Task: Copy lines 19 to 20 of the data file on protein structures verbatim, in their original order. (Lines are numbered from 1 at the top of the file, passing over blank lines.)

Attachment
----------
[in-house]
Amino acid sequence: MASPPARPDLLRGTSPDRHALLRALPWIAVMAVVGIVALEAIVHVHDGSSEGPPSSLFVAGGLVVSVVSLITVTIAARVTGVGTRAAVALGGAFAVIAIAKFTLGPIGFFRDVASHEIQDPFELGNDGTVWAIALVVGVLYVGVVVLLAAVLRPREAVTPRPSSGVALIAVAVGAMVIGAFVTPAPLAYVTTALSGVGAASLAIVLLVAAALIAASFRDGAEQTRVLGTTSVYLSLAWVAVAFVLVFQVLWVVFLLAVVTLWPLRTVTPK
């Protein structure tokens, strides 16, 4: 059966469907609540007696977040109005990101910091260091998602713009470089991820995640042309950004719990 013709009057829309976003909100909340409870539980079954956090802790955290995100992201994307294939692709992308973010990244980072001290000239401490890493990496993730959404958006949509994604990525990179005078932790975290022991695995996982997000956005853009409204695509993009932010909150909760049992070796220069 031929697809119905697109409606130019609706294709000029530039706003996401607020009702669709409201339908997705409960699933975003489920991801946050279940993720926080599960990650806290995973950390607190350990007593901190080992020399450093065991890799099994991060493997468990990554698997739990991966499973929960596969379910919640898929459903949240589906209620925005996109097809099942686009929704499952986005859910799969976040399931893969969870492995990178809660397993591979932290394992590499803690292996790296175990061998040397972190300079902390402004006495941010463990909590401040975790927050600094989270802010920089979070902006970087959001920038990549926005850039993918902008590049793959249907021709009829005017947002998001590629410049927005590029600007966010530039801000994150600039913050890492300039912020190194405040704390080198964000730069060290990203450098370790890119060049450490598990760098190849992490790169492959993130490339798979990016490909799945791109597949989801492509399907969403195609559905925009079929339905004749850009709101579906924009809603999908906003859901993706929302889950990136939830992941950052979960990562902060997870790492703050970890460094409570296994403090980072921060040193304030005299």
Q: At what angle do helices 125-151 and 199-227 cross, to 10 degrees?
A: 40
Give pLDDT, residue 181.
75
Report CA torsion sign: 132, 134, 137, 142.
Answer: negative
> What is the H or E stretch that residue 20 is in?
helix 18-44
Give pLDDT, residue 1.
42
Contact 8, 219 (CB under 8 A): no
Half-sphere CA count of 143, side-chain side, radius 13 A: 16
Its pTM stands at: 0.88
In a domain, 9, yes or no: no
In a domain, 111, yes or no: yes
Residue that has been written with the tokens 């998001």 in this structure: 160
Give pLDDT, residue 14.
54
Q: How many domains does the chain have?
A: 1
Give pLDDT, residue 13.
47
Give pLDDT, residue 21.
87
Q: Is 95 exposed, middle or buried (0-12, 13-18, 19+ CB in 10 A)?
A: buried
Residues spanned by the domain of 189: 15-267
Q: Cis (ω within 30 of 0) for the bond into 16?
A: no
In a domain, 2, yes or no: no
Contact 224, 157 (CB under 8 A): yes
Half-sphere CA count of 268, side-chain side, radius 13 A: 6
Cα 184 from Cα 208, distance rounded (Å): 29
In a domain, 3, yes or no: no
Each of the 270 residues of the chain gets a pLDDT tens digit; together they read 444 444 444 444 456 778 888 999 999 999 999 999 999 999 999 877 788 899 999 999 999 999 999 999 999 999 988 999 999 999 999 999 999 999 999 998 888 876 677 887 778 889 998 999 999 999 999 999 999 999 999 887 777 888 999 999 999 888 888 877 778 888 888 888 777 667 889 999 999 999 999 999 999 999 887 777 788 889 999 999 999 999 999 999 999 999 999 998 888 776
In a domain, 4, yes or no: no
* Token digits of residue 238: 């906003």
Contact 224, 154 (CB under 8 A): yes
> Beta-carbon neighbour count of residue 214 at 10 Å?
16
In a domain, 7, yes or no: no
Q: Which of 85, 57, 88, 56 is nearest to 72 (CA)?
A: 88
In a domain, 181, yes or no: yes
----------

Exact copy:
Residue that has been written with the tokens 């998001």 in this structure: 160
Give pLDDT, residue 14.